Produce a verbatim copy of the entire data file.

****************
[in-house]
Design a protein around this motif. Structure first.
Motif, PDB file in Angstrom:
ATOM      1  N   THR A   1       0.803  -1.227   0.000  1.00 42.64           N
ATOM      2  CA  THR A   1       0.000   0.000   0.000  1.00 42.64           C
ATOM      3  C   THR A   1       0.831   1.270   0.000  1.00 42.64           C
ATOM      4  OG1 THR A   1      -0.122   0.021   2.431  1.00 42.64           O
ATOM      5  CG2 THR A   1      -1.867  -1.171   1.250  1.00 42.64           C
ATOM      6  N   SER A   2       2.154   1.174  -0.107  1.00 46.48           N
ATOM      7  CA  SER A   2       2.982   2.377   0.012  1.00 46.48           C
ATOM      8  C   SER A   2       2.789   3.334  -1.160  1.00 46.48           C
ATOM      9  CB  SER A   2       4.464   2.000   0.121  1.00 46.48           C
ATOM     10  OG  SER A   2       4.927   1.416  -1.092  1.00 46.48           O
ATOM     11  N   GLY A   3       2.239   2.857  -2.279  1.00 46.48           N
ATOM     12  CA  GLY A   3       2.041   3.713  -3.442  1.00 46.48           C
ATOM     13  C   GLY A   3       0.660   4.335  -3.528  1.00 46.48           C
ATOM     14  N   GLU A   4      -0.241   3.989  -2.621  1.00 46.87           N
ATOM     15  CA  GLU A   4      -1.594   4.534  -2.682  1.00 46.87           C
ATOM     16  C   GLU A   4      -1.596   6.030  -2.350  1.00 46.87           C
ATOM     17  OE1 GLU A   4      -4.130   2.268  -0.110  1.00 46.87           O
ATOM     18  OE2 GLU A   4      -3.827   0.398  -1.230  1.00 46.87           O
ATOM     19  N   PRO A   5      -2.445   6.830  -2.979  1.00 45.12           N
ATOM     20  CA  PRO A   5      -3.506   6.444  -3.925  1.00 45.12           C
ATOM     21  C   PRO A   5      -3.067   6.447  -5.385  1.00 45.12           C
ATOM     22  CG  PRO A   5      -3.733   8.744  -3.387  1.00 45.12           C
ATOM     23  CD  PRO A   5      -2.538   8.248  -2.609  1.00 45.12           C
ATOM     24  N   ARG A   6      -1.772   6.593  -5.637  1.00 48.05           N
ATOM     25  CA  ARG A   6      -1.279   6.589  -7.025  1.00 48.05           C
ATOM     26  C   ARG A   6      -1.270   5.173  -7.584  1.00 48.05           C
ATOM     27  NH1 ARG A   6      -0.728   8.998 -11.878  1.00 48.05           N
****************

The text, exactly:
[in-house]
Design a protein around this motif. Structure first.
Motif, PDB file in Angstrom:
ATOM      1  N   THR A   1       0.803  -1.227   0.000  1.00 42.64           N
ATOM      2  CA  THR A   1       0.000   0.000   0.000  1.00 42.64           C
ATOM      3  C   THR A   1       0.831   1.270   0.000  1.00 42.64           C
ATOM      4  OG1 THR A   1      -0.122   0.021   2.431  1.00 42.64           O
ATOM      5  CG2 THR A   1      -1.867  -1.171   1.250  1.00 42.64           C
ATOM      6  N   SER A   2       2.154   1.174  -0.107  1.00 46.48           N
ATOM      7  CA  SER A   2       2.982   2.377   0.012  1.00 46.48           C
ATOM      8  C   SER A   2       2.789   3.334  -1.160  1.00 46.48           C
ATOM      9  CB  SER A   2       4.464   2.000   0.121  1.00 46.48           C
ATOM     10  OG  SER A   2       4.927   1.416  -1.092  1.00 46.48           O
ATOM     11  N   GLY A   3       2.239   2.857  -2.279  1.00 46.48           N
ATOM     12  CA  GLY A   3       2.041   3.713  -3.442  1.00 46.48           C
ATOM     13  C   GLY A   3       0.660   4.335  -3.528  1.00 46.48           C
ATOM     14  N   GLU A   4      -0.241   3.989  -2.621  1.00 46.87           N
ATOM     15  CA  GLU A   4      -1.594   4.534  -2.682  1.00 46.87           C
ATOM     16  C   GLU A   4      -1.596   6.030  -2.350  1.00 46.87           C
ATOM     17  OE1 GLU A   4      -4.130   2.268  -0.110  1.00 46.87           O
ATOM     18  OE2 GLU A   4      -3.827   0.398  -1.230  1.00 46.87           O
ATOM     19  N   PRO A   5      -2.445   6.830  -2.979  1.00 45.12           N
ATOM     20  CA  PRO A   5      -3.506   6.444  -3.925  1.00 45.12           C
ATOM     21  C   PRO A   5      -3.067   6.447  -5.385  1.00 45.12           C
ATOM     22  CG  PRO A   5      -3.733   8.744  -3.387  1.00 45.12           C
ATOM     23  CD  PRO A   5      -2.538   8.248  -2.609  1.00 45.12           C
ATOM     24  N   ARG A   6      -1.772   6.593  -5.637  1.00 48.05           N
ATOM     25  CA  ARG A   6      -1.279   6.589  -7.025  1.00 48.05           C
ATOM     26  C   ARG A   6      -1.270   5.173  -7.584  1.00 48.05           C
ATOM     27  NH1 ARG A   6      -0.728   8.998 -11.878  1.00 48.05           N